A finding that a taxi operator was guilty of registering bets on horse races in violation of G. L. (Ter. Ed.) c. 271, Section 17, was warranted where the evidence left it a question for the jury whether a slip of paper in his pocket, on which were written the names of horses scheduled to race at a track the same day and some figures, was made out and delivered to him by a bettor with intent on their part that it should constitute a memorandum of bets received by him or was merely a memorandum of bets to be placed by him at the track as an agent of the better.
COMPLAINT, received and sworn to in the Central District Court of Worcester on October 1, 1954.
Upon appeal to the Superior Court, the case was tried before Casey, J., a District Court judge sitting under statutory authority.
Robert V. Mulkern, for the defendant.
Joseph S. Virostek, Assistant District Attorney, (A. Andre Gelinas, District Attorney, with him,) for the Commonwealth.
WILLIAMS, J. After a finding of guilty in the District Court the defendant on appeal was found guilty by a jury in the Superior Court upon a complaint which charged that on September 30, 1954, he "Did occupy or was found in a place, to wit: On Front Street (Opp. 182) with apparatus, books or device for registering bets, and did register bets on the speed of a horse." Of his exceptions, the only
one argued is that taken to the denial of his motion for a directed verdict of not guilty presented after he had rested at the conclusion of the Commonwealth's evidence.
This evidence in substance was that the defendant was a licensed taxi driver and on September 30, 1954, was waiting with an automobile which was under his control on Front Street, Worcester, to take passengers to the race track. The automobile was unoccupied and was parked at the curb. Policemen who held a warrant to search the automobile for gaming implements asked the defendant to accompany them with the automobile to police headquarters where a search of the automobile revealed "nothing of consequence." The defendant at the request of the police emptied his pockets and produced therefrom a pencil and a slip of paper on which was written in pencil, "1st John J. Jr. 2-0-0 6th Jiffy 2-0-0 7th Lunar Park 2-0-0." The word "Pat" had been written above the words "Lunar Park." The names on the slip were those of horses scheduled to race at the Suffolk Downs race track on September 30, 1954. The defendant also had in his possession with other moneys a five dollar and a one dollar bill.
General Laws (Ter. Ed.) c. 271, Section 17, so far as here material, provides that "Whoever . . . is found in, any place, [or] way, public or private . . . with apparatus, books or any device, for registering bets . . . upon the result of a trial or contest of skill, speed or endurance of man, beast, bird or machine . . . or, being such . . . occupant, person found or person present, as aforesaid, registers such bets . . . shall be punished . . .."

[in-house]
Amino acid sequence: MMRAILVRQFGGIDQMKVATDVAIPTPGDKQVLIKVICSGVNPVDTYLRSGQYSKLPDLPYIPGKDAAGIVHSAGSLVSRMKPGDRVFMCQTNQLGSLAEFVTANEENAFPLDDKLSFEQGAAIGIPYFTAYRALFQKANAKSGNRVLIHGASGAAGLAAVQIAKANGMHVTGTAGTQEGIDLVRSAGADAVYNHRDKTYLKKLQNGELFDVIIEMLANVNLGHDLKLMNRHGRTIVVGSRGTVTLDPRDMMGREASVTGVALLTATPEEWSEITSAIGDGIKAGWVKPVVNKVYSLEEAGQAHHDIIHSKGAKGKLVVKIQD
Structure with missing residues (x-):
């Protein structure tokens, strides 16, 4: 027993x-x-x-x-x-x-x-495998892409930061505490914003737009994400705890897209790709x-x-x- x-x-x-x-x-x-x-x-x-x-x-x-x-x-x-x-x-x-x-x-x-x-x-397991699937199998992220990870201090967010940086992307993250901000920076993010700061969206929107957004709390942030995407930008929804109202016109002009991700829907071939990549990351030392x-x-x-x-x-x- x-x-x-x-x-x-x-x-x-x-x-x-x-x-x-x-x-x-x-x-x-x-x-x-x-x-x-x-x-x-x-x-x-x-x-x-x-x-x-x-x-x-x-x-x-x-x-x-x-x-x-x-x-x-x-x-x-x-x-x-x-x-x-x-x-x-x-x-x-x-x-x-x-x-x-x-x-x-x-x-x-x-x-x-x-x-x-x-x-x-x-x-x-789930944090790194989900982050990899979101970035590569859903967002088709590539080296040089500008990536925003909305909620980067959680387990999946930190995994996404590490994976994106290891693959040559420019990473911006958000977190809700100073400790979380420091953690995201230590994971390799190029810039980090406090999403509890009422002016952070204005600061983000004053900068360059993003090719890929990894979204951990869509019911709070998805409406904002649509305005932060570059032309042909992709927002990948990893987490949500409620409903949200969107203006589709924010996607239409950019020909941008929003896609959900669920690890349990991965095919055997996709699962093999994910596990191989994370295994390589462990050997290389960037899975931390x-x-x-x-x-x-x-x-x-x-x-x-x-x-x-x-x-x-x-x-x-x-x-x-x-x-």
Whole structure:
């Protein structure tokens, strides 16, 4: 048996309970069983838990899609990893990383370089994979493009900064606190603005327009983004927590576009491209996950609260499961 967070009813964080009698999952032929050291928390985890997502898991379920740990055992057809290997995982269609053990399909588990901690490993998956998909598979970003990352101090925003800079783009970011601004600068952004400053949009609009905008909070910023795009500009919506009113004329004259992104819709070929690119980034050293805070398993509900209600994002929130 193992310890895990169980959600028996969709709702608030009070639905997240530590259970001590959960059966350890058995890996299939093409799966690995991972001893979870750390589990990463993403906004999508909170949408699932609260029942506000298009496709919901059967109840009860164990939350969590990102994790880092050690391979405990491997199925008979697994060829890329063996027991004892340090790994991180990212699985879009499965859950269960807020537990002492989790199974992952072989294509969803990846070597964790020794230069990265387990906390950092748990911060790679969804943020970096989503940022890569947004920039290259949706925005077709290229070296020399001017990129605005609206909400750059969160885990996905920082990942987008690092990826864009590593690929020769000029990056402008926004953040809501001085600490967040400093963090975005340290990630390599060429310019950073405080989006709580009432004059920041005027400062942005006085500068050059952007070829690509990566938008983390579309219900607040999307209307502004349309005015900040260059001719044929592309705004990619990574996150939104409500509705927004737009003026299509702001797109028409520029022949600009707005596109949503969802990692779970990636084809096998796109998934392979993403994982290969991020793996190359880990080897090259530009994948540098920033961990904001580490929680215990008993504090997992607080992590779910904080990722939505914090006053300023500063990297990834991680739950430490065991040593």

The defendant in his brief states that he does not deny that he was found in a place or way which "would satisfy the requirements of the statute" or that the slip of paper found upon his person could be found to be an apparatus for registering bets. See G. L. (Ter. Ed.) c. 271, Section 27. His only contention is that there was no evidence that he was registering or did register bets. In Sullivan v. Vorenberg, 241 Mass. 319 , 321, it was held that the "receiving of a bet upon a horse race and making a memorandum of it
on the slip of paper delivered to the one making the bet is in fact the registering of a bet." It is plain, we think, that a bet is also registered if the memorandum is made out by the bettor and delivered to the person receiving the bet. In the instant case the slip of paper could be found to be a memorandum given by a person unknown to the defendant and intended by the parties to be a minute of a bet. The giving and receiving of the paper with such intent completed the registering of the bet. Commonwealth v. Clancy, 154 Mass. 128 , 134. Commonwealth v. Healey, 157 Mass. 455 . G. L. (Ter. Ed.) c. 271, Section 20. See Commonwealth v. Carlson, 331 Mass. 449 . The Commonwealth was not bound by evidence which it introduced to the effect that the defendant was in the habit of transporting patrons to race tracks, that frequently persons who could not visit the tracks gave him memoranda of bets which they wished placed by him at the pari-mutuel windows at the tracks, and that he stated the slip of paper in question had been received by him for that purpose. See Priorelli v. Guidi, 251 Mass. 449 , 450; Haun v. LeGrand, 268 Mass. 582 , 584, and cases cited. It was for the jury to determine whether the bets recorded on the slip of paper had been registered with the defendant or delivered to him as agent to be placed at a race track. The evidence was sufficient to warrant a verdict of guilty.